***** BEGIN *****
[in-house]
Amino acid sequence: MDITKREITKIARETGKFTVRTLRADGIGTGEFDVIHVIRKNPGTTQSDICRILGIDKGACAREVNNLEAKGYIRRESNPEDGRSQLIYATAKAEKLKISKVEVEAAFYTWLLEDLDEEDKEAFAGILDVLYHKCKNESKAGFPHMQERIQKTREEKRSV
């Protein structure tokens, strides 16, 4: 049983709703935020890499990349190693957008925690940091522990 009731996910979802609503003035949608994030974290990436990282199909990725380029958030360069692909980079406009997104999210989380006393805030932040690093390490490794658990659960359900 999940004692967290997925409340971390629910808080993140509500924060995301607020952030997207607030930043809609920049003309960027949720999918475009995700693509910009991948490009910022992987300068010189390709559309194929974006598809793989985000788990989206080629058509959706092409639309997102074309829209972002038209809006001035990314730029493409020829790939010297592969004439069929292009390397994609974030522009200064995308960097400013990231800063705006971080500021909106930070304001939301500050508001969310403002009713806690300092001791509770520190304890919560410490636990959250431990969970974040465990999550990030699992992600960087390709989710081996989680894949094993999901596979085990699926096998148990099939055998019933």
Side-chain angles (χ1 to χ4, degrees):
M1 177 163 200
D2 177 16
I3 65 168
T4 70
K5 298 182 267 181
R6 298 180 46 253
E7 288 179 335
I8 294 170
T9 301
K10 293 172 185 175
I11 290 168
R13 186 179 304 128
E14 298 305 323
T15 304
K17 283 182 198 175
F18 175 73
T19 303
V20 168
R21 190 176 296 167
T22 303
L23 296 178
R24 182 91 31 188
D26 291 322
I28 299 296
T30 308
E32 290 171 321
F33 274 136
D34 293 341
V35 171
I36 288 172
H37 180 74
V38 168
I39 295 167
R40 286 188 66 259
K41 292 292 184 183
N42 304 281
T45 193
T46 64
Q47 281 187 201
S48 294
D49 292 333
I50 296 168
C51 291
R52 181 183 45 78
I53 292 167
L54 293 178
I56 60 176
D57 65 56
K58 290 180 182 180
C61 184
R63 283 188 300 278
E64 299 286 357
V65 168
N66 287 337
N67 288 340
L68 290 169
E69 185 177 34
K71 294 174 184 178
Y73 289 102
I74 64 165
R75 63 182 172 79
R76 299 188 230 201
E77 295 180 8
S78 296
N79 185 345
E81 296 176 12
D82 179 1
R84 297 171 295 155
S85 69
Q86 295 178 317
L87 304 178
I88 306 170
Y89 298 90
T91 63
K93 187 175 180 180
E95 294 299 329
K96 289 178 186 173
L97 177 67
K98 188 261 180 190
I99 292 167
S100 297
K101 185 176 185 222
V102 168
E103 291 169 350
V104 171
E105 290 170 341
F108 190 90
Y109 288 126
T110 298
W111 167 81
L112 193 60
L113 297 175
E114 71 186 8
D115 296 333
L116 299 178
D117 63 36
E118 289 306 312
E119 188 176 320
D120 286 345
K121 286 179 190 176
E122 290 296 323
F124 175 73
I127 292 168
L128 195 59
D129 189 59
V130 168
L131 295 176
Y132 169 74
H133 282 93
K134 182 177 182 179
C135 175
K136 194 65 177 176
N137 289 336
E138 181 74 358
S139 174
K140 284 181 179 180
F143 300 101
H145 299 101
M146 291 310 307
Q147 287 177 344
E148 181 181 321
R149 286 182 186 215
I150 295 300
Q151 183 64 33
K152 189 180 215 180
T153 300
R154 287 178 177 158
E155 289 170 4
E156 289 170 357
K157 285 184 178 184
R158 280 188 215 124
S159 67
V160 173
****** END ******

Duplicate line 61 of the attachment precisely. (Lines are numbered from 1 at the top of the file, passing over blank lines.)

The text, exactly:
E69 185 177 34